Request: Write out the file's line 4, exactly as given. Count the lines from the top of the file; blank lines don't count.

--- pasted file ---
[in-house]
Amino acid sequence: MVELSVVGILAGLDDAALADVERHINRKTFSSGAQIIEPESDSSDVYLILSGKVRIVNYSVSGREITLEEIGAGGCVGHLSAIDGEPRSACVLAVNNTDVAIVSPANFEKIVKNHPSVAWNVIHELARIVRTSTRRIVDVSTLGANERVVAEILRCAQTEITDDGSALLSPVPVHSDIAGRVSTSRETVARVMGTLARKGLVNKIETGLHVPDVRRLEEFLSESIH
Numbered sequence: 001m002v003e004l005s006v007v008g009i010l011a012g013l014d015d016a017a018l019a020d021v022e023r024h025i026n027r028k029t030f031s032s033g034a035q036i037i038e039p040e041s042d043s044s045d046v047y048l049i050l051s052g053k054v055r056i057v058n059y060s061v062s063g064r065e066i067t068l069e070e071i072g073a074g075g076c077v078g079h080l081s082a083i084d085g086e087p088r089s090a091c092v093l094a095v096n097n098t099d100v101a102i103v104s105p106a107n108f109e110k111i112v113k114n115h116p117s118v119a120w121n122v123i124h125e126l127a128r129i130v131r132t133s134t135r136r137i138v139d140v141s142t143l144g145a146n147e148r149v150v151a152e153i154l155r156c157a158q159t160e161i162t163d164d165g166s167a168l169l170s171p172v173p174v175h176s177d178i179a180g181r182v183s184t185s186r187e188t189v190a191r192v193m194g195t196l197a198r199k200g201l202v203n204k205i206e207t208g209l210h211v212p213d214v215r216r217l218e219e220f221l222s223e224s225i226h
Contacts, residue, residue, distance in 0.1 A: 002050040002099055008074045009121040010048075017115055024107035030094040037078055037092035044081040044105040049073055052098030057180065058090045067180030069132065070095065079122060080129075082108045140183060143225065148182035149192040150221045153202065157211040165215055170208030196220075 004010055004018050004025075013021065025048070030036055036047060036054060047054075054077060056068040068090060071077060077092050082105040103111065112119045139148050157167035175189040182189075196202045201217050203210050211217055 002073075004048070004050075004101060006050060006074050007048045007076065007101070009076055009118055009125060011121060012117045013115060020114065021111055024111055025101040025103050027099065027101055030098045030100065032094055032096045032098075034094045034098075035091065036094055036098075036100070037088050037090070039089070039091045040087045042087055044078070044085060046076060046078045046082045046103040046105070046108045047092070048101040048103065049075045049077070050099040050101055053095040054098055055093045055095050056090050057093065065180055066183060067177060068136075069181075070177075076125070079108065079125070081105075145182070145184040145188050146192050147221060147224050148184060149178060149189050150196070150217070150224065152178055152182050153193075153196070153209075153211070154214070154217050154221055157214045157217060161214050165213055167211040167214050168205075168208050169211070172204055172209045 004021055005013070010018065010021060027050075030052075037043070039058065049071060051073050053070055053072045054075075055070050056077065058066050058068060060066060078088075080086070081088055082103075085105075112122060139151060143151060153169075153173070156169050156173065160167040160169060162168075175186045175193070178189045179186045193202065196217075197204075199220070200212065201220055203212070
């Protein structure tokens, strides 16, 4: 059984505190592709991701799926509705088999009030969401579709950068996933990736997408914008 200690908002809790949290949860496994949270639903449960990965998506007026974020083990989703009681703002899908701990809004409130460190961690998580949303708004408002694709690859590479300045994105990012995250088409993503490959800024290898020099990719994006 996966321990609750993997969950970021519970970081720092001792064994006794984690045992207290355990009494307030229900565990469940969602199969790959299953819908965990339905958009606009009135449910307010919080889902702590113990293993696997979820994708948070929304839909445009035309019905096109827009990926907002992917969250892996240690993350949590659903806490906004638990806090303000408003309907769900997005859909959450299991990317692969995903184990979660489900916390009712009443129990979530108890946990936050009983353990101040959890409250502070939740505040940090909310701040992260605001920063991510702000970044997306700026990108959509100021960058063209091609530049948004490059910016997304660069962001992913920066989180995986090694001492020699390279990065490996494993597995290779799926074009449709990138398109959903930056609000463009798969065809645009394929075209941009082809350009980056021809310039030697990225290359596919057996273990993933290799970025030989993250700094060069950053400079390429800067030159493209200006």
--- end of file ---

Contacts, residue, residue, distance in 0.1 A: 002050040002099055008074045009121040010048075017115055024107035030094040037078055037092035044081040044105040049073055052098030057180065058090045067180030069132065070095065079122060080129075082108045140183060143225065148182035149192040150221045153202065157211040165215055170208030196220075 004010055004018050004025075013021065025048070030036055036047060036054060047054075054077060056068040068090060071077060077092050082105040103111065112119045139148050157167035175189040182189075196202045201217050203210050211217055 002073075004048070004050075004101060006050060006074050007048045007076065007101070009076055009118055009125060011121060012117045013115060020114065021111055024111055025101040025103050027099065027101055030098045030100065032094055032096045032098075034094045034098075035091065036094055036098075036100070037088050037090070039089070039091045040087045042087055044078070044085060046076060046078045046082045046103040046105070046108045047092070048101040048103065049075045049077070050099040050101055053095040054098055055093045055095050056090050057093065065180055066183060067177060068136075069181075070177075076125070079108065079125070081105075145182070145184040145188050146192050147221060147224050148184060149178060149189050150196070150217070150224065152178055152182050153193075153196070153209075153211070154214070154217050154221055157214045157217060161214050165213055167211040167214050168205075168208050169211070172204055172209045 004021055005013070010018065010021060027050075030052075037043070039058065049071060051073050053070055053072045054075075055070050056077065058066050058068060060066060078088075080086070081088055082103075085105075112122060139151060143151060153169075153173070156169050156173065160167040160169060162168075175186045175193070178189045179186045193202065196217075197204075199220070200212065201220055203212070